I roasted 8 oz. of Vivace's Dulce blend.  Reached 1st crack around 6:30, and terminated roast at 16:00, at what I would call full city+.  Being a new roaster (half a dozen batches or so in a Toastmaster popper), and working with blended greens, I'm not exactly sure how far through 2nd crack I got.  I used a 64 oz. dog bowl, nestled inside a larger stainless mixing bowl for insulation.  I was in my garage, with ambient temps in the low 40's, and a fair amount of breeze moving through the doors.  

The roast looks very even, and at this point, not having tasted it, I'm more than satisfied with the experience.  My only preference would have been slightly more agitation from the gun's air.  Even well into the roast, I found myself stirring with the handle of a wooden spoon quite a bit.  I'm not sure this was truly necessary, but it sure felt like a good idea, given that only beans I could move with the gun were those within a half inch or so of the nozzle's tip.  I was worried about beans cooling off, even when constantly moving the gun across and around the bean mass.

I'm not too fond of this Dulce blend, which is why I chose to experiment on it rather than other greens I've got on hand.  It seems to benefit from a rest of about 48 hours, so it'll be a bit before I've got a taste impression.  I'll be sure to report back.

In summary: this method looks to be much better suited to my needs than an unmodified popper, due to larger batch size and greater control.  The only other device that I'm tempted to try at this point is the Hottop, but given the price difference, the HG/DB is a much easier first step.

Chris J.
Indiana
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marcus
Senior Member


Joined: 29 Jan 2003
Posts: 116
Location: NC
Expertise: I love coffee

Espresso: La Spaziale;Isomac...
Grinder: Mazzer Mini;Rancilio Rocky
Vac Pot: Bodum mini-eSantos
Drip: only at work
Roaster: BBQ drum, Heatgun
Posted Fri Jan 23, 2004, 8:14am
Subject: Re: Which Heat Gun?
 

Chiming in with my first roast.  Bought the Wagner HT775 at Lowes for $58.  Borrowed my boxer's 64oz stainless bowl (yes, I thoroughly cleaned and disinfected).  Took SM Classic Italian blend and I put two cups by volume in there, got a wooden spoon, oven mit, timer.    Fired up the gun and started working the beans.  It seemed like not a lot was happening at the open position (500) but after about 6 minutes I could see they were lightening up, I increased to the closed position and started actually agitating the beans with the nozzle.  I brought the bean mass to first crack at around 9:00 and just tried to keep it going, stirring with the spoon.  Went back to 500 and backed off a little.  I finished the roast at about 14:00.  Tried to use the cooling but not sure it was any better than just tossing them in the collander.  It was about 35degrees out.  Overall I'm pretty satisfied by what I saw and heard.  I may have taken the beans further into (through?) second crack than I would have liked.  There were many small "shy fellows" who stayed tan and got no darker -- this is not something I have experienced with my FR+.  On the other hand, in about 20 minutes I had over 1/2lb of roasted espresso.  If this stuff tastes good I am not going back to the FR+!
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JohnDoe
Senior Member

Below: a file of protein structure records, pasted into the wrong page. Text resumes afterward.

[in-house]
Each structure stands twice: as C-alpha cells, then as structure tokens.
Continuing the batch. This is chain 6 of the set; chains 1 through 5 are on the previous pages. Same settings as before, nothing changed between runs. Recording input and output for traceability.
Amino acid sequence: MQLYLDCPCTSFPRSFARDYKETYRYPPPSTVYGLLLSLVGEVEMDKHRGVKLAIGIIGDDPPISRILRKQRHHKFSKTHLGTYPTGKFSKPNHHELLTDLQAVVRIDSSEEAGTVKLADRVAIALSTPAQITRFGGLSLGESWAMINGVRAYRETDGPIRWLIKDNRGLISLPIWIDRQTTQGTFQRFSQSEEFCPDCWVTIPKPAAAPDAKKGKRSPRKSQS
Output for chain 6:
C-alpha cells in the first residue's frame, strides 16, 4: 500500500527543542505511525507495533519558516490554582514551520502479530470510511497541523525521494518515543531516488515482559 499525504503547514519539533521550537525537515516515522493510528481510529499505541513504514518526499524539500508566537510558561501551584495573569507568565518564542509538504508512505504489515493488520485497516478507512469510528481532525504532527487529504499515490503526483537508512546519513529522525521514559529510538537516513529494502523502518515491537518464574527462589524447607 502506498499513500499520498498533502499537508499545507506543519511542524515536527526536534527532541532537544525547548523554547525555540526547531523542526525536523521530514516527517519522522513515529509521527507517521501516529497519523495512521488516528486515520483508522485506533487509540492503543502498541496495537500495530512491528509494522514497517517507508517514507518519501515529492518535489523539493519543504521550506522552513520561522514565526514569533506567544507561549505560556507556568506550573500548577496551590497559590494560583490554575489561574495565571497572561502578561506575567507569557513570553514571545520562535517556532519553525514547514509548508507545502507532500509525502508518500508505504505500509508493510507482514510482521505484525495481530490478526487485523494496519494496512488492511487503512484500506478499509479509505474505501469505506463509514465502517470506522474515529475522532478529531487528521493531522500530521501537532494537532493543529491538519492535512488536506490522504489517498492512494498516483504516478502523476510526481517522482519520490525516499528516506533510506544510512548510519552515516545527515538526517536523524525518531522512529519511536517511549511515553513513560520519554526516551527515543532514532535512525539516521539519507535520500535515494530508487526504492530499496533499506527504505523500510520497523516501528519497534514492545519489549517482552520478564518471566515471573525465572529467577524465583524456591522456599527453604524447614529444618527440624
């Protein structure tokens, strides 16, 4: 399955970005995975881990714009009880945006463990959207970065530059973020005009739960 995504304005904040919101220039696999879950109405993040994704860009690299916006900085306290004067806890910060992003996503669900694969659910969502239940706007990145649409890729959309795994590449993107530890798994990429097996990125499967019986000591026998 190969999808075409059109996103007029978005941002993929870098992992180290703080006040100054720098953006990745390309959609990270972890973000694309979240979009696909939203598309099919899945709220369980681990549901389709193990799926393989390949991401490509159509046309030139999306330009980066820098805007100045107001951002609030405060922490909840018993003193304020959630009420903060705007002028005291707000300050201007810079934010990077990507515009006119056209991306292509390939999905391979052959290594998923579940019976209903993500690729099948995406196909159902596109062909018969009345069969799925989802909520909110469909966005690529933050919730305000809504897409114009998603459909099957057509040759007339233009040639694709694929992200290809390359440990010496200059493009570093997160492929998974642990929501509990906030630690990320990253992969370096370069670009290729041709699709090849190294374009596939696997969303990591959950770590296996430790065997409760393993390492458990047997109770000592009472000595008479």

Joined: 1 Aug 2003
Posts: 459
Location: Philly burbs
Expertise: I love coffee

Espresso: PID Silvia
Grinder: Mazzer Major, Maestro+
Vac Pot: Yama, Infuze, Santos
Drip: Manual;Melitta Clarity
Roaster: Z&D;Split-Fan P1;Hot-Rod FR+...
Posted Fri Jan 23, 2004, 10:20am
Subject: Re: Which Heat Gun?
 

ChrisJ Said:

My only preference would have been slightly more agitation from the gun's air.  Even well into the roast, I found myself stirring with the handle of a wooden spoon quite a bit.  I'm not sure this was truly necessary, but it sure felt like a good idea, given that only beans I could move with the gun were those within a half inch or so of the nozzle's tip.  I was worried about beans cooling off, even when constantly moving the gun across and around the bean mass.

Posted January 21, 2004 link

Yes, I use the same gun and would prefer to have more air movement... or at least the ability for more.  However, as a previous post mentioned.. if you get too much air movement you then risk having beans blown out of the bowl (depending on bowl/amt of beans).  I woud assume the higher CFM would also be noisier.  I haven't established my routine yet.. but I do end up using the spoon quite a bit to ensure an even roast.  When I feel I should be hitting 1st or 2nd crack, I use the nozzle of the gun to stir and it doesn't take long before it reaches the proper temps.  Also- for $30, I can't complain...


marcus Said:

Tried to use the cooling but not sure it was any better than just tossing them in the collander

Posted January 23, 2004 link

Maybe others have tried this.. but I don't think the cool feature is effective enough to cool the beans quickly.  I use the collandar/fan method myself.  From what I have read, the cool feature is more often used to extend the life of the gun.
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COBoy
Senior Member


Joined: 24 Nov 2003
Posts: 50
Location: Colorado
Expertise: I love coffee

Espresso: La Pavoni Europicolla
Grinder: Kitchenaid A9 burr
Vac Pot: none
Drip: French press
Roaster: Heat gun - Milwaukee 1220
Posted Fri Jan 23, 2004, 11:20am
Subject: Re: Which Heat Gun?
 

Got my heat gun yesterday -

Ace Hardware Dual Temperature Heat Gun (20176N)
1200 Watts
750 deg or 1000 deg
CFM unknown
$21.99

I bought this locally but online it's $17.99.  The heat gun doesn't blow the beans enough on its own so I stirred the entire time I was roasting.  Which is fine by me but I'll have to report back more details after I get 20 roasts under my belt.